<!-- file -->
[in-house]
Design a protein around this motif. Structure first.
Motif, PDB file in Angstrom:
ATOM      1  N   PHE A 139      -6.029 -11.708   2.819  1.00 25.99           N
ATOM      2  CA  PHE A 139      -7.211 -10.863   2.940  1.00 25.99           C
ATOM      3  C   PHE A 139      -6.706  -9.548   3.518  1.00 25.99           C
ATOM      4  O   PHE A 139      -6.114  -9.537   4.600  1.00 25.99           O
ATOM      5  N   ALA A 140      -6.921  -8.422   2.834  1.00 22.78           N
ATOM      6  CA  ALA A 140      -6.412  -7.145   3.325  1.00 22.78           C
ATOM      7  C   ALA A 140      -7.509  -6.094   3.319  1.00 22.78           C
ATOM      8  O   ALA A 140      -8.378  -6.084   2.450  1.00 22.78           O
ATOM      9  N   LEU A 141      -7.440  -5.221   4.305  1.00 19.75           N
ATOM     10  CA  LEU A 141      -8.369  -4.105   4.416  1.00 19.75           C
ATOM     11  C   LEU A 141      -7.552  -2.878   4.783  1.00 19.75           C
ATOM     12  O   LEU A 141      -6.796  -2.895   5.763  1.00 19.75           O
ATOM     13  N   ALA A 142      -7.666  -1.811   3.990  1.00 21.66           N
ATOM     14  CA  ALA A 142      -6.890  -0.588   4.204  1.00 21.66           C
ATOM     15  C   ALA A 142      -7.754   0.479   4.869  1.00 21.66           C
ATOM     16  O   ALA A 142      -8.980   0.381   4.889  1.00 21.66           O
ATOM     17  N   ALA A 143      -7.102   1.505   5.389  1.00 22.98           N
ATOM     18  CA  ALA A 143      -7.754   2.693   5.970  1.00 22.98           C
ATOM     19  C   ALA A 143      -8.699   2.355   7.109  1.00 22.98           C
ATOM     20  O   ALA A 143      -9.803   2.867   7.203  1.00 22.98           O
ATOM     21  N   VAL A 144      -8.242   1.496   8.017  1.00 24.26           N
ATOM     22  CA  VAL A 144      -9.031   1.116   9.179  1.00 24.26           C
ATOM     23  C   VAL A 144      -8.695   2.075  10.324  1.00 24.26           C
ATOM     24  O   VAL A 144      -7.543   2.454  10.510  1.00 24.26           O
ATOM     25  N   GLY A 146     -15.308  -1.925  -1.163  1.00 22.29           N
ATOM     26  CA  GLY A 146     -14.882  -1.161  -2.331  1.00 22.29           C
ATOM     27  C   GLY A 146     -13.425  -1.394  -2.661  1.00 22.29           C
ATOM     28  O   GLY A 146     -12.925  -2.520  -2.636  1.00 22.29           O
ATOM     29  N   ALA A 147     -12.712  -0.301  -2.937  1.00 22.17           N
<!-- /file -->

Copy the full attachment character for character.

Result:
[in-house]
Design a protein around this motif. Structure first.
Motif, PDB file in Angstrom:
ATOM      1  N   PHE A 139      -6.029 -11.708   2.819  1.00 25.99           N
ATOM      2  CA  PHE A 139      -7.211 -10.863   2.940  1.00 25.99           C
ATOM      3  C   PHE A 139      -6.706  -9.548   3.518  1.00 25.99           C
ATOM      4  O   PHE A 139      -6.114  -9.537   4.600  1.00 25.99           O
ATOM      5  N   ALA A 140      -6.921  -8.422   2.834  1.00 22.78           N
ATOM      6  CA  ALA A 140      -6.412  -7.145   3.325  1.00 22.78           C
ATOM      7  C   ALA A 140      -7.509  -6.094   3.319  1.00 22.78           C
ATOM      8  O   ALA A 140      -8.378  -6.084   2.450  1.00 22.78           O
ATOM      9  N   LEU A 141      -7.440  -5.221   4.305  1.00 19.75           N
ATOM     10  CA  LEU A 141      -8.369  -4.105   4.416  1.00 19.75           C
ATOM     11  C   LEU A 141      -7.552  -2.878   4.783  1.00 19.75           C
ATOM     12  O   LEU A 141      -6.796  -2.895   5.763  1.00 19.75           O
ATOM     13  N   ALA A 142      -7.666  -1.811   3.990  1.00 21.66           N
ATOM     14  CA  ALA A 142      -6.890  -0.588   4.204  1.00 21.66           C
ATOM     15  C   ALA A 142      -7.754   0.479   4.869  1.00 21.66           C
ATOM     16  O   ALA A 142      -8.980   0.381   4.889  1.00 21.66           O
ATOM     17  N   ALA A 143      -7.102   1.505   5.389  1.00 22.98           N
ATOM     18  CA  ALA A 143      -7.754   2.693   5.970  1.00 22.98           C
ATOM     19  C   ALA A 143      -8.699   2.355   7.109  1.00 22.98           C
ATOM     20  O   ALA A 143      -9.803   2.867   7.203  1.00 22.98           O
ATOM     21  N   VAL A 144      -8.242   1.496   8.017  1.00 24.26           N
ATOM     22  CA  VAL A 144      -9.031   1.116   9.179  1.00 24.26           C
ATOM     23  C   VAL A 144      -8.695   2.075  10.324  1.00 24.26           C
ATOM     24  O   VAL A 144      -7.543   2.454  10.510  1.00 24.26           O
ATOM     25  N   GLY A 146     -15.308  -1.925  -1.163  1.00 22.29           N
ATOM     26  CA  GLY A 146     -14.882  -1.161  -2.331  1.00 22.29           C
ATOM     27  C   GLY A 146     -13.425  -1.394  -2.661  1.00 22.29           C
ATOM     28  O   GLY A 146     -12.925  -2.520  -2.636  1.00 22.29           O
ATOM     29  N   ALA A 147     -12.712  -0.301  -2.937  1.00 22.17           N